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J Biol Chem. 2007 Jun 8;282(23):17032-40. Epub 2007 Apr 17.

Substrate-mediated regulation of cullin neddylation.

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  • 1Wolfson Digestive Diseases Centre, University of Nottingham, Nottingham NG7 2UH, United Kingdom.

Abstract

Cullin-based E3 ligases are a large family of multi-subunit ubiquitin ligases with diverse cellular functions, including the regulation of the cell cycle, of the DNA damage response, and of various transcription factors. These ligases are composed of one of six mammalian cullin homologs (Cul1, Cul2, Cul3, Cul4a, Cul4b, and Cul5), the Ring finger containing protein Roc1/Rbx1, and cullin homolog-specific adaptor and substrate recognition subunits. To be active, cullin-based ligases require the covalent modification of a conserved lysine residue in the cullin protein with the ubiquitin-like protein Nedd8. We show in this study that in intact cells Cul1 neddylation is dependent on binding to adaptor proteins and substrate recognition subunits. Mutant Cul1 that is unable to recruit adaptor and substrate recognition subunits exhibits markedly reduced neddylation, and inhibiting binding of adaptor and substrate recognition subunits to wild type Cul1 reduces Nedd8 modification. This regulatory mechanism also extends to other cullin-based E3 ligases, including Cul2, Cul3, and Cul4a. The regulation of cullin neddylation by adaptor proteins and substrate recognition subunits in cells was found to be independent of both CAND1 and the COP9 signalosome, two negative regulators of cullin Nedd8 modification. Using hypoxia-inducible factor-1alpha (HIF-1alpha), a substrate of the Elongin B/C-Cul2-VHL ligase, we demonstrate the critical role of substrate binding to promote Cul2 neddylation in a manner that does not require substrate ubiquitination but may involve a conformational change. These findings suggest a mechanism through which availability of substrate recognition subunits and substrates can regulate the ubiquitin ligase activity.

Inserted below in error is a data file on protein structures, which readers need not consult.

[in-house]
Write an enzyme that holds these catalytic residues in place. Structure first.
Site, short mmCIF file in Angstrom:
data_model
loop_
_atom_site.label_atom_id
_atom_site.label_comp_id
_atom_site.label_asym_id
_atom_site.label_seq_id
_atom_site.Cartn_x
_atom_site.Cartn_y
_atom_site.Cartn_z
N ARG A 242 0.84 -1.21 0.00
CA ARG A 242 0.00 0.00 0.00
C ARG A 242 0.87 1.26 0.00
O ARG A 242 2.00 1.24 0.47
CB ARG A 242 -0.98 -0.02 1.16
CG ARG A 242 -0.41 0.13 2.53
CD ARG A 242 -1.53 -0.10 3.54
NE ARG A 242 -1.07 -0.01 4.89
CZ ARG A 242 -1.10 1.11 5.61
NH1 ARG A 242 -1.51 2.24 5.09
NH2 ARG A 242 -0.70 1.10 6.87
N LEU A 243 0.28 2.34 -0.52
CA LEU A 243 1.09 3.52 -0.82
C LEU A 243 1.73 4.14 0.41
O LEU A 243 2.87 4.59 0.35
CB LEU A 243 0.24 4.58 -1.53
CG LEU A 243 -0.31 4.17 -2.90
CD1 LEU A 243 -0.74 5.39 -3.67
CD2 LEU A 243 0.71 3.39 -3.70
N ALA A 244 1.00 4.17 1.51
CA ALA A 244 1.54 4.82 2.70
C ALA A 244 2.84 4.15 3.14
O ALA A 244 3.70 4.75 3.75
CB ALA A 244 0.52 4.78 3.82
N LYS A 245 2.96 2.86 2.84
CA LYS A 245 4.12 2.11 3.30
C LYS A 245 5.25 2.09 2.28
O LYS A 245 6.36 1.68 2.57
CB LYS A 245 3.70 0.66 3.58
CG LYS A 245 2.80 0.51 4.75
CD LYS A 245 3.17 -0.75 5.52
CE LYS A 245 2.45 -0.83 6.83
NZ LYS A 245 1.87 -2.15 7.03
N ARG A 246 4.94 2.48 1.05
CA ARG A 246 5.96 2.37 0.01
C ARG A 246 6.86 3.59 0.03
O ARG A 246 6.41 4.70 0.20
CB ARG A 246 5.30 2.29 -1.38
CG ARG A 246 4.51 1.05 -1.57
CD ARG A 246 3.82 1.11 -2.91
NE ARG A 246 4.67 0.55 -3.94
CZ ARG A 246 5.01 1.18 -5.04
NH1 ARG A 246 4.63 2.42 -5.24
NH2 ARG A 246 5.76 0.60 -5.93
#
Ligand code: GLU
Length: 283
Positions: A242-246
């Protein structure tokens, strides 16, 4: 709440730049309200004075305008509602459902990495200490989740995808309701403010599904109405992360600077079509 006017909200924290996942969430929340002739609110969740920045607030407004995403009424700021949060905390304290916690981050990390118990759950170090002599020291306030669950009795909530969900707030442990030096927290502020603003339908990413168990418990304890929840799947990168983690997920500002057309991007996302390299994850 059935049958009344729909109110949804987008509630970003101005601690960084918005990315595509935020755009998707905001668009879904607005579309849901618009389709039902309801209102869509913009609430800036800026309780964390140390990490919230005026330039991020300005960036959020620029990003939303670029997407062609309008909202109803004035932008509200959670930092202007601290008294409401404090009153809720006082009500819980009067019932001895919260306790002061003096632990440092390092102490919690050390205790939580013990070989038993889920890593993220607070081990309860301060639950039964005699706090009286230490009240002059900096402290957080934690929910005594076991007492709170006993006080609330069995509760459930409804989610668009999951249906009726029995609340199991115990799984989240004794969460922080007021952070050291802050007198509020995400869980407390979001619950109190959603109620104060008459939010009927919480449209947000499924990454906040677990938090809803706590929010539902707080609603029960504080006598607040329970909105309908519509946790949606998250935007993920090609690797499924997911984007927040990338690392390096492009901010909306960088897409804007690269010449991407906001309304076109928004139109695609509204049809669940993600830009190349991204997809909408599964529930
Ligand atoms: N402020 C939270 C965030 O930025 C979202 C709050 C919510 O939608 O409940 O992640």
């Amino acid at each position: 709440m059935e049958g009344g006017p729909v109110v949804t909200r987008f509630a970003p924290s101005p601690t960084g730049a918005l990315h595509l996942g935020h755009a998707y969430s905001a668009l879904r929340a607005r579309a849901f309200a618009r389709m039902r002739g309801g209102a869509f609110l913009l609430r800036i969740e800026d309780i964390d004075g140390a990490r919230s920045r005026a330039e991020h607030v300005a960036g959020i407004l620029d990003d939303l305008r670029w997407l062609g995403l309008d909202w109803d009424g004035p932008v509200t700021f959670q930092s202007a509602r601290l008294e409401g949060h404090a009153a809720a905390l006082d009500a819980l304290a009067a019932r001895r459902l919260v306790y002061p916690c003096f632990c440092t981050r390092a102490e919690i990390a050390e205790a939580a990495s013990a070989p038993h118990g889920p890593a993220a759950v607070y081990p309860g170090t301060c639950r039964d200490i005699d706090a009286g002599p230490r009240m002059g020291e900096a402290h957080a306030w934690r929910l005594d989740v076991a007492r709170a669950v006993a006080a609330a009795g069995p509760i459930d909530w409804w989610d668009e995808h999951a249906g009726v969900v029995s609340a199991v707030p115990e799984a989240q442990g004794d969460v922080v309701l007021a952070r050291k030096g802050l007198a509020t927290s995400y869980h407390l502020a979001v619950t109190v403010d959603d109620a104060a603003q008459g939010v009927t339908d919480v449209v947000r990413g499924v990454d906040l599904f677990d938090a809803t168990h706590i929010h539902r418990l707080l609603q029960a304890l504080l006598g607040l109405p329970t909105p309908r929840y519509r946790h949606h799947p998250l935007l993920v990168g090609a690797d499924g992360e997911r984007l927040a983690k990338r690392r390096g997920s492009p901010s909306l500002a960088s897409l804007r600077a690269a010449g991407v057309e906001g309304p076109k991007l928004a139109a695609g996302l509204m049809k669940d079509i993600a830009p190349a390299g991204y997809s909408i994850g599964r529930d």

PMID:
17439941
[PubMed - indexed for MEDLINE]
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